Can Technology Make Cities Smarter?

By Terri Lewis, Planet Connected LLC

In your purse or pocket, there is a gadget that can tell if you’re a candidate for a heart attack; take or send pictures; or give driving directions that will avoid heavy traffic so you arrive at your appointment on time. Technology is embedded in our daily lives, keeping us safe, productive and healthy. We can and should expect that technology can do the same for our cities. Technology adoption in government has a name called “Smart Cities”. We are all now, to some degree, technologists and as such, it’s time to engage with your city to ask how they are adopting technology to maintain and improve your quality of life.

Almost 30 years ago, the internet started to be used by the general public, cell phones shrank in size from the size of a brick to flip phones that could fit in the palm of your hand, computers shrank in size from 20 lb carry-on size bags to the size of a book, and sensors started to have ability to process input signals into data inside the sensor. Adoption of this collection of technologies first started to spread into manufacturing and industry as they were seen as enablers to improve productivity, reduce costs, improve safety and compliance reporting. However, the adoption was slower than many projections due to costs and capabilities. The key innovation and volume driver that reduced costs was the smart phone introduction by Apple in 2007. Cell phone sales in the US are now at ~200Million/year and over 1.2+Billion/year globally. The smart phone has become the “on road to the internet highway”.

Not many people are exposed to manufacturing, but it’s rare to know someone who doesn’t have a smart phone or a smart watch. Smart phones aren’t just phones, but navigation systems, cameras, calculators, books, games, etc. Smart watches match some of the same features as your phone, doing a lot more than just tell time and now increasingly providing health information. At the doctors’ office, notice robotics and equipment that works automatically. Virtual reality headsets aren’t just for video games, but now help in training of surgeons, pilots, and construction equipment operators. Cars have driver assisted features for braking, lane guidance and parking. Like factories, we’ve become more productive, smarter and connected.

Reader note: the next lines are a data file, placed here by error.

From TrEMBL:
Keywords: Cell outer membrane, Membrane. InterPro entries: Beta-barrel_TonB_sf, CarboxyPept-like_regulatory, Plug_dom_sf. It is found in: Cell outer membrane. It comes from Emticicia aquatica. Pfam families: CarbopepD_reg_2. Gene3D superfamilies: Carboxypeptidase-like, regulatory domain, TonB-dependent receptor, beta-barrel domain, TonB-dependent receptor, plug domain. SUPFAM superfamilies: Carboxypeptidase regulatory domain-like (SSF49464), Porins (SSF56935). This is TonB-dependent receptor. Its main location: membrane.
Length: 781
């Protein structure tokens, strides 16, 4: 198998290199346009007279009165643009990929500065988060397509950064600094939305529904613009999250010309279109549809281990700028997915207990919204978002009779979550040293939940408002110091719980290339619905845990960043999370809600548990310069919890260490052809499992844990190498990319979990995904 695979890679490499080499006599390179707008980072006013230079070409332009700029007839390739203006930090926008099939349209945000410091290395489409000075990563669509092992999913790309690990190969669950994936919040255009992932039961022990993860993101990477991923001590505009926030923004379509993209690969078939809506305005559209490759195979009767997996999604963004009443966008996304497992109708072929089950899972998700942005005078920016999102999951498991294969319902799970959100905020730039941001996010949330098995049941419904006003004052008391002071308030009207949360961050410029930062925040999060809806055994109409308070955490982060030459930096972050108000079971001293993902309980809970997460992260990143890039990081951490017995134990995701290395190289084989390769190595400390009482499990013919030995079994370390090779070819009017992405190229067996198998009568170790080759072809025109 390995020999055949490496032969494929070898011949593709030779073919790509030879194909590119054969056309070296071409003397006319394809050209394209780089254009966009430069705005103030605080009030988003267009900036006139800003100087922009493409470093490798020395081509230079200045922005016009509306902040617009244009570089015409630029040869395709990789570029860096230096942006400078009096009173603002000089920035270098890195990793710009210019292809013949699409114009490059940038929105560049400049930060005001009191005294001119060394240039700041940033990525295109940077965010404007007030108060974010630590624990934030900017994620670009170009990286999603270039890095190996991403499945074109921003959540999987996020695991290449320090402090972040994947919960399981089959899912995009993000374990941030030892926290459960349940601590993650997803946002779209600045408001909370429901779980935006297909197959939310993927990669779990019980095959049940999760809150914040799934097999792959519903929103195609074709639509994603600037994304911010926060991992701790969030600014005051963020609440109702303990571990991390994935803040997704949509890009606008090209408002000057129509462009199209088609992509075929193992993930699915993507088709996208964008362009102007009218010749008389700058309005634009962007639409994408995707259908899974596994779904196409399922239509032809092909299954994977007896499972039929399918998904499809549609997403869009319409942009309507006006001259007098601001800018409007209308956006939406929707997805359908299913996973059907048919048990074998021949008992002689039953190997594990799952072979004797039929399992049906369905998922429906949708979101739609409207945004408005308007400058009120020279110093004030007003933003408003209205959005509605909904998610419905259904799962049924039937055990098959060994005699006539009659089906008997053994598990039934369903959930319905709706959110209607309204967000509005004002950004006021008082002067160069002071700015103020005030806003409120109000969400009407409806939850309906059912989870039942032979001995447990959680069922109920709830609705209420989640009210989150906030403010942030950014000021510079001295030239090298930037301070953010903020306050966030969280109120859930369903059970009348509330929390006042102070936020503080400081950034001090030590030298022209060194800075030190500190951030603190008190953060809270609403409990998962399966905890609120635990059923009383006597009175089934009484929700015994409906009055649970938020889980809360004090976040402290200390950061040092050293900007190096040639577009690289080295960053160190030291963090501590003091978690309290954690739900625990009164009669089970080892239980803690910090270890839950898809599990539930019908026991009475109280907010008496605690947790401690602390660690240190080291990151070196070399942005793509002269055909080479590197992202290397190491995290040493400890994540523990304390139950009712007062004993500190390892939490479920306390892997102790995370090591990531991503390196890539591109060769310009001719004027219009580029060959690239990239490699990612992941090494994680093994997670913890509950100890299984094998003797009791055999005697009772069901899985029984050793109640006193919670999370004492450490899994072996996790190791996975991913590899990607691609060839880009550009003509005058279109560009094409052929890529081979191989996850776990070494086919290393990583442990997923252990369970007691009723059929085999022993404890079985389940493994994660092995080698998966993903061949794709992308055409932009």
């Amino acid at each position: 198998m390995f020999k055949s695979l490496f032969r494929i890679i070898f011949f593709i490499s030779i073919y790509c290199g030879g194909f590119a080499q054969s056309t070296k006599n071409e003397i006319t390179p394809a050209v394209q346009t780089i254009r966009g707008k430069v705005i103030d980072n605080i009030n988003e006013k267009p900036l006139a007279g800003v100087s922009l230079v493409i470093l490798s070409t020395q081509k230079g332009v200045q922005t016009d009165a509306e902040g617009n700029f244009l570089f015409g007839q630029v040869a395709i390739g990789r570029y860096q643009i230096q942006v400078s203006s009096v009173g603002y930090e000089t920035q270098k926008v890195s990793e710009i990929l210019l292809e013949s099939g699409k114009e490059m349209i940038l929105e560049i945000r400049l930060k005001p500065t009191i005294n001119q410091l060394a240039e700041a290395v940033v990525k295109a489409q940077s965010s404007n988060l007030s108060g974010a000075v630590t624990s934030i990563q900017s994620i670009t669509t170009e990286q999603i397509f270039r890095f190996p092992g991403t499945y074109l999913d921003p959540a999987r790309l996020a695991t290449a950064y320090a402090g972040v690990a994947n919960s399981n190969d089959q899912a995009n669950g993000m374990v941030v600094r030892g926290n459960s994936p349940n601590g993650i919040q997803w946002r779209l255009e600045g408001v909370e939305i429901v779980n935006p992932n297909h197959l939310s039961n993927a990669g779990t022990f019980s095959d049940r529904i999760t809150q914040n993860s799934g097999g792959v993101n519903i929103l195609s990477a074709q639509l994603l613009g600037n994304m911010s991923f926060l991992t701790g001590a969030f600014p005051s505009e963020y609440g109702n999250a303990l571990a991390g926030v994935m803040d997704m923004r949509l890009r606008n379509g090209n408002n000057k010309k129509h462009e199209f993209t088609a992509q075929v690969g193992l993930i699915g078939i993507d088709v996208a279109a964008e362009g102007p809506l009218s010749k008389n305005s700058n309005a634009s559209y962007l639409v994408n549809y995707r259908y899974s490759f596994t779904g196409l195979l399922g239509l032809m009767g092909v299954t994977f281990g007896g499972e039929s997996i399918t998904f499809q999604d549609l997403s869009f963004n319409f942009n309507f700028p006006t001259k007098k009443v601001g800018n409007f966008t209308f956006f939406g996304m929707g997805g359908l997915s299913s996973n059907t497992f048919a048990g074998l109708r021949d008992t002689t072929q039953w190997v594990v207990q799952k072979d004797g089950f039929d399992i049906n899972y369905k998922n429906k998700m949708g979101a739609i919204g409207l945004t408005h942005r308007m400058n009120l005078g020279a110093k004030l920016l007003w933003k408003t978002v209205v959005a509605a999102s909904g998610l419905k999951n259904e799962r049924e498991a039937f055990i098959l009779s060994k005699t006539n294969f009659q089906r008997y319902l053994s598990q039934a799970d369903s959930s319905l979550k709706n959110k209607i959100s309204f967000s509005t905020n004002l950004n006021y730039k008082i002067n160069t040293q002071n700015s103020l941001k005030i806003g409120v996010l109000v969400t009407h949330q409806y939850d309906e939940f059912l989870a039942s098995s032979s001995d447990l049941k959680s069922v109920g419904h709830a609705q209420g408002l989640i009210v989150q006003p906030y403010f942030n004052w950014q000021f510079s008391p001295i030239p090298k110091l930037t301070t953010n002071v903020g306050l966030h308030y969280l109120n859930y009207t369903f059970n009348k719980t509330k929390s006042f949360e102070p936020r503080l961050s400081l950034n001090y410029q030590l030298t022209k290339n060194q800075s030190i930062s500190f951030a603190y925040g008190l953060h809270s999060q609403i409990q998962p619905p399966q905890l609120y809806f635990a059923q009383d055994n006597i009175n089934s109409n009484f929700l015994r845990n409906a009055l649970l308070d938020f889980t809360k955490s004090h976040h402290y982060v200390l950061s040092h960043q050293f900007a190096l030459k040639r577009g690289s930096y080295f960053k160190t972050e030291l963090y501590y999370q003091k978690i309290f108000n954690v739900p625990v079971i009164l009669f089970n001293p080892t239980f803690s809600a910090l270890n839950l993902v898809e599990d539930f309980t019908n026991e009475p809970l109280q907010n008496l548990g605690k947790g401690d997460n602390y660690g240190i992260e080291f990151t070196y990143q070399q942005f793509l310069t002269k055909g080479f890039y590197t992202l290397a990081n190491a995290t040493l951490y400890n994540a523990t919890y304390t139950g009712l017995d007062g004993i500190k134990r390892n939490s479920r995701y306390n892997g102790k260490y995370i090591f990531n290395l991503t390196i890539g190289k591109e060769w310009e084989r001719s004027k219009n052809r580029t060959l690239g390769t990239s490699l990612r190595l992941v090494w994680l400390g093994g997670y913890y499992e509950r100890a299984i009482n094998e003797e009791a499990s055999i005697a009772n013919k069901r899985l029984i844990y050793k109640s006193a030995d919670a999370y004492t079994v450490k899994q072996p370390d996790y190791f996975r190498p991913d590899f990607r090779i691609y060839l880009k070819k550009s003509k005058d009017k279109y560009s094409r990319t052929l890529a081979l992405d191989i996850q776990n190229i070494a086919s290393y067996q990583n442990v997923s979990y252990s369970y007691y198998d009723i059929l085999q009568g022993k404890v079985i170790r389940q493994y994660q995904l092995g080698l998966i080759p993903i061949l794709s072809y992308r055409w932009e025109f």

So what’s next? Smart Cities! Government is the current focus of technology, with many looking to achieve the same benefits as manufacturing; reduce costs of operation, improve outcomes, streamline processes, and improve sustainability and resiliency. Some state agencies are leveraging computer technologies to improve the speed of processing and reduce the paperwork involved for permits. Remote sensors placed in water systems are helping to manage and avoid storm water overflows. Electrical utility companies are using satellite images to review tree growth in and around power lines, spotting problems before they can occur. Traffic sensors capture volumes of cars and automatically adjust the red-light signal timing to improve the flow of traffic, reducing idle times at lights and congestion.

Technology allows us to think differently about our challenges. When multiple groups engage and align, including residents, government, business, education and healthcare, there isn’t a problem that can’t be resolved. We are all now, to some degree, technologists. We all certainly know where there are challenges in our community. Let’s make Southwest Florida a leader in Smart Cities using technology to improve our quality of life.

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